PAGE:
Of the three most common Fe-S clusters found in nature, the [4Fe-4S] cluster is the most abundant and accounts for the most diverse functions, ranging from electron transfer to regulation of gene expression and radical generation1. Solvent accessible [4Fe-4S] clusters are very sensitive to oxidative degradation and as such, are sometimes used as sensors of oxidative stress2. The major aim of this research project is to understand the mechanism of degradation of [4Fe-4S] clusters, when exposed to oxidative stress, by air exposure or titration with H2O2, via spectroscopic characterization of stable or semi-stable breakdown intermediates. Moreover, understanding the degradation pathway has the potential for assessing how degraded [4Fe-4S] clusters are repaired in vivo. This presentation will discuss the breakdown products of two classes of proteins containing [4Fe-4S] clusters, (de)hydratases, and radical SAM enzymes. The breakdown products of aconitase and dihydroxyacid dehydratase (DHAD) have been characterized using resonance Raman, electron paramagnetic resonance (EPR), UV-visible absorption and circular dichroism (CD) spectroscopies. While the breakdown of aconitase proceeds through a cubane [3Fe-4S]1+ cluster, followed by rapid breakdown to the apo product, the spectroscopic results indicate that the [4Fe-4S]2+ cluster of DHAD degrades to a cysteine persulfide-ligated [2Fe-2S]2+ cluster intermediate. In addition, resonance Raman spectroscopy of the radical SAM enzymes MiaB and MOCS1A show that the cluster degradation products of these proteins also contain a [2Fe-2S]2+ cluster with cysteine persulfides that can be repaired on addition of Fe2+ and a reducing agent. Spectroscopic studies of an additional radical SAM enzyme, PFL-AE, that contains only one [4Fe-4S] cluster, indicate that the degradation of its [4Fe-4S]2+ cluster proceeds through first a cubane [3Fe-4S]1+ cluster, then a [2Fe-2S]2+ cluster with cysteine persulfides, and these breakdown products can be repaired to the [4Fe-4S]2+ cluster by adding Fe2+ and a reducing agent. While the breakdown products are variable, they remain in a form that can easily repaired. Consequently, this work affords insight into the mechanism of repair of [4Fe-4S] clusters damaged by oxidative stress.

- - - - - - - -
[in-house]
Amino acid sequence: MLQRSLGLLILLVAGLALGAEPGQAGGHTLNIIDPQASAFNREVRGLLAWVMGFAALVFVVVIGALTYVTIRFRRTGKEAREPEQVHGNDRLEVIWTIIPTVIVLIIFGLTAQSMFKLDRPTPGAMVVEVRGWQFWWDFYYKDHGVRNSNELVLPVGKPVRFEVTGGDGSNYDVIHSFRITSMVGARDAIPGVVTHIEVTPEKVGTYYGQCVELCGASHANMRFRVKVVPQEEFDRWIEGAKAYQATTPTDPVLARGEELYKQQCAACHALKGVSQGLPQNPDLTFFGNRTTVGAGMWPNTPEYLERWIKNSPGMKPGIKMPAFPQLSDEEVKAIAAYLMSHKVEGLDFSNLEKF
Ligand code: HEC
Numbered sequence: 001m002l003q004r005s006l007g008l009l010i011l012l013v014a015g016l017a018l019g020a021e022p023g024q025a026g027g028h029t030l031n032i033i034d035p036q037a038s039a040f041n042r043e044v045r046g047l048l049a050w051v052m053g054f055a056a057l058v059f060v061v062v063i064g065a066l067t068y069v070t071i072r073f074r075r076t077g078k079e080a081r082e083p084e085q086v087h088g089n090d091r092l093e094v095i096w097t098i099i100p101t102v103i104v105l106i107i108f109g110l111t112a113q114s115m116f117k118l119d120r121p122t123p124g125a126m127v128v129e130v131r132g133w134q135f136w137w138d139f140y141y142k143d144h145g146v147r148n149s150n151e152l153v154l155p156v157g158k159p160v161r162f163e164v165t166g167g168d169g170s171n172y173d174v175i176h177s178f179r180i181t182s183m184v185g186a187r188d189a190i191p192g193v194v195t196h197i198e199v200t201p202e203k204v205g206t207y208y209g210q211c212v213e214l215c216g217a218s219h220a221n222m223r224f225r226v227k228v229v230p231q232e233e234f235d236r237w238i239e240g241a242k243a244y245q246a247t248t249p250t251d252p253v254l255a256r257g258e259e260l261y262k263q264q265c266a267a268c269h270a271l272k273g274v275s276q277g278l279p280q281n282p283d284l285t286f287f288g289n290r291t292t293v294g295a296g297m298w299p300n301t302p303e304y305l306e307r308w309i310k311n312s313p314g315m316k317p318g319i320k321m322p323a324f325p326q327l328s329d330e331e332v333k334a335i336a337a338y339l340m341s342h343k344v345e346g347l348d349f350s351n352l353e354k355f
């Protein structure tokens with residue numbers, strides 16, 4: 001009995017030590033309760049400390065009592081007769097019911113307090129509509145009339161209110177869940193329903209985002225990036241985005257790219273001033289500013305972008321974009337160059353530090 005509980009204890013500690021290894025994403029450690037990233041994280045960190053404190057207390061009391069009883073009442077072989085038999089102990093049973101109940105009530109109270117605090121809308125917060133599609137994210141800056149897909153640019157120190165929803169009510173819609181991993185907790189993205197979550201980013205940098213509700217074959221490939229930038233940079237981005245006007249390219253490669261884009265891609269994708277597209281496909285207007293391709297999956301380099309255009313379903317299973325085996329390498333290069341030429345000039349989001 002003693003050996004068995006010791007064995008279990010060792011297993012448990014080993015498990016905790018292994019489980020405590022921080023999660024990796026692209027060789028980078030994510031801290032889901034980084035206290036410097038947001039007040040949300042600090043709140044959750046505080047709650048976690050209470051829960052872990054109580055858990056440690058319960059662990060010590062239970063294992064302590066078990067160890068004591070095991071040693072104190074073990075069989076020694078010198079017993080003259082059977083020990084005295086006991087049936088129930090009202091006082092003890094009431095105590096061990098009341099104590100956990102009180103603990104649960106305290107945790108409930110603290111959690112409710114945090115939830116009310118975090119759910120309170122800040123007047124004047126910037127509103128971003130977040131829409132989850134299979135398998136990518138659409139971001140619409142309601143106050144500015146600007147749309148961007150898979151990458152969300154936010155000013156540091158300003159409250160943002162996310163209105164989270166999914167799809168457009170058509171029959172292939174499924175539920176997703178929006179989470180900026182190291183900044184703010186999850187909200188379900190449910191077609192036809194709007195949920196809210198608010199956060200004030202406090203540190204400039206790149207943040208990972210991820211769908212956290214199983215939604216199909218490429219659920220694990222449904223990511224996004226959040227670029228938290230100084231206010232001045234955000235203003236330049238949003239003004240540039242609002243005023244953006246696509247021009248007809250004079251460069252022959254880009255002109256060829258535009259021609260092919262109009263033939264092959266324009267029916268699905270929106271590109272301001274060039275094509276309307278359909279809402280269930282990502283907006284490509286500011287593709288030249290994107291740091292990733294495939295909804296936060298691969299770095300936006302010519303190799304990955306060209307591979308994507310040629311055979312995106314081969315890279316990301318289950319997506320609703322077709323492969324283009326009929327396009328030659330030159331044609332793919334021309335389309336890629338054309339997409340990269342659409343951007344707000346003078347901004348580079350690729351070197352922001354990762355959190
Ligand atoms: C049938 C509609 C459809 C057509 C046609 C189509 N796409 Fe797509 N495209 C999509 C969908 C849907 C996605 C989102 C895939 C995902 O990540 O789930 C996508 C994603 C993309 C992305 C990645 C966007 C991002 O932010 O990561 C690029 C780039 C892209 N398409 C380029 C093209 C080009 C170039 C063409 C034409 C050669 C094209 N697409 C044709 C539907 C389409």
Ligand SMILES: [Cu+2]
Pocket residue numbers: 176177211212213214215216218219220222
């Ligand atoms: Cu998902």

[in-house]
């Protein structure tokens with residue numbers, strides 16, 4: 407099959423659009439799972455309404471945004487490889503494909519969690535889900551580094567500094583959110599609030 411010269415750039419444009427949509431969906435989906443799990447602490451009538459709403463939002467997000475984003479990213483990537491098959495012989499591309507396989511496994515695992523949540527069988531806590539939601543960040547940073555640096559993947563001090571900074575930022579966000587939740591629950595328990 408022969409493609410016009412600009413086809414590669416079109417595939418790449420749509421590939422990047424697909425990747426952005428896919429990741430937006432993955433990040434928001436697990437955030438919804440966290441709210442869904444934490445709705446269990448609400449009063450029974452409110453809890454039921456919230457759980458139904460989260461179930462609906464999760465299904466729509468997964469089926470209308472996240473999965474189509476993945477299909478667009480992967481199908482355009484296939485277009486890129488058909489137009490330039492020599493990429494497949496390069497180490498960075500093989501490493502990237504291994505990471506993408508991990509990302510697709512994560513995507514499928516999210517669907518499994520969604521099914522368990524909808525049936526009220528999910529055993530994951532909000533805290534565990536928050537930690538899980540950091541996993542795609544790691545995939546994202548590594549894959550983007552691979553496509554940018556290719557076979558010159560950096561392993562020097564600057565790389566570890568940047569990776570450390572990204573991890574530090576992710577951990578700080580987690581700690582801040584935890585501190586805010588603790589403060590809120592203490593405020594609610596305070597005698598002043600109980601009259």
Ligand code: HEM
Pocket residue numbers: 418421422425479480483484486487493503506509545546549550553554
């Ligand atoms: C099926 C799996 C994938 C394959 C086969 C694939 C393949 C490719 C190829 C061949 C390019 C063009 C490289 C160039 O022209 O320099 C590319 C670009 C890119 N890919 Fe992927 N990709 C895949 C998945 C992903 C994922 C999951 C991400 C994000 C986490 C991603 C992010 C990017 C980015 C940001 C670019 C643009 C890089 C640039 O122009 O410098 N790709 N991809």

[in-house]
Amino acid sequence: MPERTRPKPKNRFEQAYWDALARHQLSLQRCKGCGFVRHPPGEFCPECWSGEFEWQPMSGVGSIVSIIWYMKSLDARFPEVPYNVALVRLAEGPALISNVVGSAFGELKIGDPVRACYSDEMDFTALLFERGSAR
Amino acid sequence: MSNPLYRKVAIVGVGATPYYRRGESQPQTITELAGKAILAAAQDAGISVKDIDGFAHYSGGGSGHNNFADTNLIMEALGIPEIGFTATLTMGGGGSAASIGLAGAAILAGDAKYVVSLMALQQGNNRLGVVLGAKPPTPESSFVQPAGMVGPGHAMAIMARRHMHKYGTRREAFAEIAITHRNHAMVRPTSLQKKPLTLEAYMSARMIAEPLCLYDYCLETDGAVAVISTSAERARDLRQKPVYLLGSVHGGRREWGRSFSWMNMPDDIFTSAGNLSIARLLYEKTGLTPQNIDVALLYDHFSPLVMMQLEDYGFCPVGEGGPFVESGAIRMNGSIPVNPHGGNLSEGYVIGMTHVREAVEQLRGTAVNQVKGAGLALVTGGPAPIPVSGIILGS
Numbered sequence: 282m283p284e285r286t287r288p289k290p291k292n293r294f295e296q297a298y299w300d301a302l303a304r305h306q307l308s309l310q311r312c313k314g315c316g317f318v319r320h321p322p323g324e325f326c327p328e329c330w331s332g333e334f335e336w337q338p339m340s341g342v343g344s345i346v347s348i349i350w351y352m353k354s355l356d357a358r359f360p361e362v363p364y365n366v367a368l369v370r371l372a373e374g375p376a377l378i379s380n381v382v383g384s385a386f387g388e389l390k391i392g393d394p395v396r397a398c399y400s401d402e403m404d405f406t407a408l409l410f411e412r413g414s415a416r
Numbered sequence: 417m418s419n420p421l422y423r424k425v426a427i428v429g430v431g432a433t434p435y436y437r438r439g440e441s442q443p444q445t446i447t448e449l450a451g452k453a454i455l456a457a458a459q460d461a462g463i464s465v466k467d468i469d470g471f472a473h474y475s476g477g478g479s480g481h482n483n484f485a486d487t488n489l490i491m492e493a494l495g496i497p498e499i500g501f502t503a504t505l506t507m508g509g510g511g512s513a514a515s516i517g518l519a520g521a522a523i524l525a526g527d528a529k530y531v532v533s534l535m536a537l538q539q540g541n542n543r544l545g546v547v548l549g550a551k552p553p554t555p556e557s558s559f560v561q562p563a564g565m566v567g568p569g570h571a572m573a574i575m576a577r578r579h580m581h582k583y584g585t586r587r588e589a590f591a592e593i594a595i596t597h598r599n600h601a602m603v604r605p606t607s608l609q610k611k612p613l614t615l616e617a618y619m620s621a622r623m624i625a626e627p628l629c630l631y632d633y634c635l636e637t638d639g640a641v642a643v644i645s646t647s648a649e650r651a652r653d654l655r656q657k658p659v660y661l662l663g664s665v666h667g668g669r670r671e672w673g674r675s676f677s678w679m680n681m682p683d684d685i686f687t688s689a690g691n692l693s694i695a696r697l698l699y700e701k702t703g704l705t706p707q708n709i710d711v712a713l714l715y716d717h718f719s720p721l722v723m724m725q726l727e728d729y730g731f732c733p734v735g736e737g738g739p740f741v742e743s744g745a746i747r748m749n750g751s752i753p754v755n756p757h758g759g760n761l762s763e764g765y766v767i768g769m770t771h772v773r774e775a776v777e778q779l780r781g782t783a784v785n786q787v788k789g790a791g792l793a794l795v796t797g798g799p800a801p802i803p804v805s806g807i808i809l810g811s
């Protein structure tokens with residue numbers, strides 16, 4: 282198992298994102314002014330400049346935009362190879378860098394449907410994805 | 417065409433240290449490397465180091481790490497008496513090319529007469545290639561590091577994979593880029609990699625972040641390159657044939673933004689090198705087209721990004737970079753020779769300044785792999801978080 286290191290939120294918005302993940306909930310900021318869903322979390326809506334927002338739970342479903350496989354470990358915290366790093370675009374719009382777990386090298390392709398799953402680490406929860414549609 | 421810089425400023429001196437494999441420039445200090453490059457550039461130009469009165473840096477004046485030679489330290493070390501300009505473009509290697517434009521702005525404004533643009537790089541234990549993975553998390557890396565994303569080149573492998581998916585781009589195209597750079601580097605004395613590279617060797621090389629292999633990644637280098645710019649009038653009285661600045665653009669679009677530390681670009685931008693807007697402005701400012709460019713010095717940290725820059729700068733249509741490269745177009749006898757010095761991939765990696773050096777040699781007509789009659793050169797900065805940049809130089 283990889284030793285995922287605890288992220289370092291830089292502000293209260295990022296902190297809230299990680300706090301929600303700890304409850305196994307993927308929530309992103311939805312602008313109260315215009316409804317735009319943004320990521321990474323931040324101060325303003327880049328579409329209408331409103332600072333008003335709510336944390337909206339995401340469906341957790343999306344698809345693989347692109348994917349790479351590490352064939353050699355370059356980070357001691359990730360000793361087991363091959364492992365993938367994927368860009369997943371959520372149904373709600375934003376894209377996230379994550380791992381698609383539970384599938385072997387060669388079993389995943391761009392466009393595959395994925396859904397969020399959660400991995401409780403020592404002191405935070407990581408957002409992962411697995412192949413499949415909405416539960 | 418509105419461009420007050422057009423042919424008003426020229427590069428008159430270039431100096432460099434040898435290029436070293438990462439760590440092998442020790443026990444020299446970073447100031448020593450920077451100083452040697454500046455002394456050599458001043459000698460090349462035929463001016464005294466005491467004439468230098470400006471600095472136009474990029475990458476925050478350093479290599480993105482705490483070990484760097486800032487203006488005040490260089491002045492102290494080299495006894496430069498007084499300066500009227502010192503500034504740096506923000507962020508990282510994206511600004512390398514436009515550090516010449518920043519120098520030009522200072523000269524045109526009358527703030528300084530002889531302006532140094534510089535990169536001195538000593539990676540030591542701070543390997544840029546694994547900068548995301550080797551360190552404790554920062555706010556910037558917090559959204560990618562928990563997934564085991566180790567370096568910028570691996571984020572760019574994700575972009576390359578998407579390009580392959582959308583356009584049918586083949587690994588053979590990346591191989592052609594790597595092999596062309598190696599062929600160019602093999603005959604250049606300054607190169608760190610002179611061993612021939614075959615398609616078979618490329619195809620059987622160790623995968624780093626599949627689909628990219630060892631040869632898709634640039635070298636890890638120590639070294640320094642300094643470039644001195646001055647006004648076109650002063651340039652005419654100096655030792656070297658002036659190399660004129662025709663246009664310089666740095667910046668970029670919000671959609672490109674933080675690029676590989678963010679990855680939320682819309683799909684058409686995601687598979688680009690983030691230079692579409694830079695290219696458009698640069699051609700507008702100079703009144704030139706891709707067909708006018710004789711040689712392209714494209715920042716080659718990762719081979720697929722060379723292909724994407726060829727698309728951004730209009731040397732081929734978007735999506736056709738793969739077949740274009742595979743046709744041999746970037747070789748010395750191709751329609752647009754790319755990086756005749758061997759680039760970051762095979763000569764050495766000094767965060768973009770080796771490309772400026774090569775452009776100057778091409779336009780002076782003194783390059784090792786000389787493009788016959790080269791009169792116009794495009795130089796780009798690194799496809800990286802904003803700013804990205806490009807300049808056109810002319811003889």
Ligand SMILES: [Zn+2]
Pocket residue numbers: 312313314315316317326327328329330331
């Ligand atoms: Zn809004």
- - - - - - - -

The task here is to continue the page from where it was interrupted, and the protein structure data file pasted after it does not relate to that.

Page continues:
Johnson, M. K., and Smith, A. D. (2011) Iron–Sulfur Proteins, In Encyclopedia of Inorganic and Bioinorganic Chemistry, John Wiley & Sons, Ltd.
 Jordan, P. A., Thomson, A. J., Ralph, E. T., Guest, J. R., and Green, J. (1997) FNR is a direct oxygen sensor having a biphasic response curve, FEBS Lett 416, 349-352.